Tweezer or hot air iron for SMD desoldering

Thread Starter

Teris

Joined Nov 4, 2017
33
Hello,
I have a PACE station and i would like to obtain one desoldering tool for SMD parts.
What is better to buy, tweezer or hot air iron? Both are capable for soldering and desoldering too?
Thank you in advance.
 

Tonyr1084

Joined Sep 24, 2015
5,821
Some things to consider:

With hot air, are there other components that can be melted? Such as plastic plug bodies or other support structure. If not then a good hot air source can turn the solder molten. With a steady hand (I used to have steady hands) and decent tweezers you can lift the component away.

With tweezers, do you have sufficient room between components to get a tweezer in there? Some components are so tightly packed that tweezing them out with thermal tweezers can be difficult. But the good news is that they make a wide variety of tips. So tweezers may be the better method.

It comes down to preference. I rarely work with SMT. Heck, these days PTH is becoming a rarity as well. The choice is yours. ME? I like the hot air tool. And for pesky plastics, aluminum foil can block the heat from destroying them, but you need to form it well to the component. And two layers are even better at shielding the blast of heat. Hot air also makes it possible to remove items that have many pins such as a 40 pin header. But it comes down to your practical needs and choices.
 

Tonyr1084

Joined Sep 24, 2015
5,821
Thank you for your information. The SMD soldering can be done with tweezer too?
I don't see why not. In fact, it may be a better way than soldering one end then the other. Reason why is because of thermal expansion and contraction. As the solder freezes it can pull against the other solder joint. Not that I'd worry too much about it.
 

MrSoftware

Joined Oct 29, 2013
2,010
They are different tools that excel at different things, with some overlap. You can do a surprising amount of SMD work with just a regular old iron. Watch someone with a ton of experience and you'll learn a lot. For me personally, I mostly use the hot air for removing parts with many pads, but for most 2-pad SMD components (diode, resistor, capacitor, etc..) I just use a regular old iron most of the time. Use a generous helping of flux, add a little solder, go back and forth between the sides with the heat and more than likely it will come right up. Clean up with a little solder wick and some alcohol and the pads will look brand new. There are always exceptions, and tweezers could sometimes be nice, but if your goal is simply lifting basic 2-pad SMD components then you don't really need tweezers. If you are going to be replacing a whole lot of 2-pad components then maybe tweezers would be worth the investment for the convenience, it's up to you.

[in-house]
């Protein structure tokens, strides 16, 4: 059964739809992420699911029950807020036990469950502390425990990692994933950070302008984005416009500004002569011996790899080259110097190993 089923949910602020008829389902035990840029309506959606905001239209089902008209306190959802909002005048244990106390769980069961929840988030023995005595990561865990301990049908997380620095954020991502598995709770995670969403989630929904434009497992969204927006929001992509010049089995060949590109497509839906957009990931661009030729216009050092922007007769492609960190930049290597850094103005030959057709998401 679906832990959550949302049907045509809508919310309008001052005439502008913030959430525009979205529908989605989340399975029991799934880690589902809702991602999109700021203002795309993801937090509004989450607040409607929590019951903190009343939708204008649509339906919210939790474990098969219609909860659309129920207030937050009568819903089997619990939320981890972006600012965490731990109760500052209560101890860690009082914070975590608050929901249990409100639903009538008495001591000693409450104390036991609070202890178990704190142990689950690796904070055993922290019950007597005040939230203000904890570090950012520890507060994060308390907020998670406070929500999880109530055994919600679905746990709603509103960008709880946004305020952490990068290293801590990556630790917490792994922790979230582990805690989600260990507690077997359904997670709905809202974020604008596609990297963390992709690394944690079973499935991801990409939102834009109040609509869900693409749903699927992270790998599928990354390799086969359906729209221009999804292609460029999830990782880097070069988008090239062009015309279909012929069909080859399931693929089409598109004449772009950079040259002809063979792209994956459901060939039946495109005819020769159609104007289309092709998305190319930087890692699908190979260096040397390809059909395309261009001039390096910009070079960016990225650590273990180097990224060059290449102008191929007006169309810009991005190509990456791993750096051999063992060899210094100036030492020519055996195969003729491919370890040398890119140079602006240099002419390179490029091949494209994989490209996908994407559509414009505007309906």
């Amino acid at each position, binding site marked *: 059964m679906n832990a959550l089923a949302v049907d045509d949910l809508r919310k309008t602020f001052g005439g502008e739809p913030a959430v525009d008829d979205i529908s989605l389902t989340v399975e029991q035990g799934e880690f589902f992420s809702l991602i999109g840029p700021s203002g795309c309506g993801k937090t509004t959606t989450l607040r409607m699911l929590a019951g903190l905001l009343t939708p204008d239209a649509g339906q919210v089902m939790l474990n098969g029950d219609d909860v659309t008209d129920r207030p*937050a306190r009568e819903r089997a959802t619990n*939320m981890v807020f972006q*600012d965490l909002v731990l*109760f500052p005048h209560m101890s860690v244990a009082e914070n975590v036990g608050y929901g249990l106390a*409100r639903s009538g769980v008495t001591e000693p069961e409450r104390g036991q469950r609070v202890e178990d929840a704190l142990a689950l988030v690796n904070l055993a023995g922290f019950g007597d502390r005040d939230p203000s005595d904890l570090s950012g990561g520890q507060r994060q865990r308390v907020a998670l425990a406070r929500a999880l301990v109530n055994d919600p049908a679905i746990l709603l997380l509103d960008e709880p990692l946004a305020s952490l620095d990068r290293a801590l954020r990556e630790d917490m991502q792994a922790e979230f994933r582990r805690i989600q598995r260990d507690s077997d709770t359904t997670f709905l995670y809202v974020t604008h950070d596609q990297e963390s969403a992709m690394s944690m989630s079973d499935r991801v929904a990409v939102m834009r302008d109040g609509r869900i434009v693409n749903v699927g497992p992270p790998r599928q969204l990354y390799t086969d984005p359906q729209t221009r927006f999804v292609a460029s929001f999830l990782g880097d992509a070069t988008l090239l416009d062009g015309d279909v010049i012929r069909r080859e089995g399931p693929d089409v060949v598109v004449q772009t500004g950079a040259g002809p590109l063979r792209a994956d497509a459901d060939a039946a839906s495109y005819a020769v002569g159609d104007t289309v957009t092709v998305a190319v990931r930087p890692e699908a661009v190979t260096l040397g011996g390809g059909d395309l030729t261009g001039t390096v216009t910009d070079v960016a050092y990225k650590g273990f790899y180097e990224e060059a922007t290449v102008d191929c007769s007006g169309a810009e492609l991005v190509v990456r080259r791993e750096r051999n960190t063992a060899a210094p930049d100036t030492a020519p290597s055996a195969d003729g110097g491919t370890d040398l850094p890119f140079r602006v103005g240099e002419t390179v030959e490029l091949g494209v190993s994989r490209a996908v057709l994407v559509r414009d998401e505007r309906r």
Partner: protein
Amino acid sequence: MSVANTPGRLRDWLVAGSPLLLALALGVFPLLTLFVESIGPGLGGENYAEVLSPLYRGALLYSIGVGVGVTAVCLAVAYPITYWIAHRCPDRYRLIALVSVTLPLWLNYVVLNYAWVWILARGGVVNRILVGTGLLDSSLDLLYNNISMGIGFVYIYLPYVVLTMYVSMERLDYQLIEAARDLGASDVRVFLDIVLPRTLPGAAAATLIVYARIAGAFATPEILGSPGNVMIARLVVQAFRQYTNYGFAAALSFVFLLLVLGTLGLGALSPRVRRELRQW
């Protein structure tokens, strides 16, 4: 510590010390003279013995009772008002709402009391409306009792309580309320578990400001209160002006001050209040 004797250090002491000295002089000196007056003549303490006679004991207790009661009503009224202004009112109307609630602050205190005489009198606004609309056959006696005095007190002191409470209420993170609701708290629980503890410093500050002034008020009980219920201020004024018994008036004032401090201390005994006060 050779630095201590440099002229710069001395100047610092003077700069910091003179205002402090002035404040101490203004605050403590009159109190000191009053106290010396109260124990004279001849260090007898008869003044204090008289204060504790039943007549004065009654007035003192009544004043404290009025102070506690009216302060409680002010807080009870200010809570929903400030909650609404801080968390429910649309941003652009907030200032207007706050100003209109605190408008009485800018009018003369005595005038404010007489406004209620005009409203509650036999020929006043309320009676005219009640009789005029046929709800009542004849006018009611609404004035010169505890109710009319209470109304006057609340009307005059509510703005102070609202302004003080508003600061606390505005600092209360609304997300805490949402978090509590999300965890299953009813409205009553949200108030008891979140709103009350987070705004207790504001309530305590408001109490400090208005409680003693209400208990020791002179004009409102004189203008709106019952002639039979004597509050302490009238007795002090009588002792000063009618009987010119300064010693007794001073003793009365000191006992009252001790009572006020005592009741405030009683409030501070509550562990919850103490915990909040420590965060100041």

Thread Starter

Teris

Joined Nov 4, 2017
33
Sorry i omitted to tell you that i want it to desolder and solder usually 14pins or more IC SMD's,.
I have tried to handle them by classic iron but the first damage is done. Of coarse these tools are necessary to do the job for 2 pads parts more safer.
So, the dilemma is between these tools for more often IC SMD's.
As i can see the hot air is the first choice for the most people. This is because is better tool for this job or is random?
 

MrSoftware

Joined Oct 29, 2013
2,010
My guess is most people choose hot air because it's more flexible. Inevitably tweezers will be too wide or too narrow for some jobs limiting where they can be used. Also air works on BGAs and 4-sided IC's, packages without legs such as QFN, etc.. tweezers not so much. Everyone's use case is different, but if it were me looking for a one-size-fits-most approach, hot air is what I would choose. But if you have a specific use case where tweezers would work better (maybe 99% of your work is 14-pin SOIC packages?) then maybe that's the better solution for you.
 

dendad

Joined Feb 20, 2016
3,790
If it is one or another, go for hot air.
And, get some old PC motherboards or similar to practice on.
My hot air work station is one of the most used tools I have, even if just for heat shrink tubing.
For assembly, I just use a soldering iron, not the hot air, but every now and then, the hot air tool, with a small nozzle, is used, with past flux, to reflow a SMT processor or such to clean up the joints.
 

schmitt trigger

Joined Jul 12, 2010
418
Tweezers are useful to rework densely populated boards which use the smaller packages (0402 or smaller), because hot air, no matter how well you shield surrounding components, will either blow them away or splash them with minute solder burrs. Which still can cause shorts.

But for everything else,a good hot air station, with variable air speed and different nozzles, are the way to go.
 

Thread Starter

Teris

Joined Nov 4, 2017
33
You have helped me to choose. I will go to quality hot air.
Thank you very much for your information.
 

MrSoftware

Joined Oct 29, 2013
2,010
There's no need to break the bank on hot air. I'm using some off brand marked "858D" and it works fine, they are available online for under $50 under various brand names. I personally much prefer the air that has a fan in the hand piece (like the 858D), as opposed to the air that uses a diaphragm pump in the base. The fan gives a very smooth flow of air, the pump gives pulses. When you start working on the small stuff, the pulses can dislodge small parts and send them flying across your board. You can still get the job done, the fan is just more user friendly in my opinion.
 
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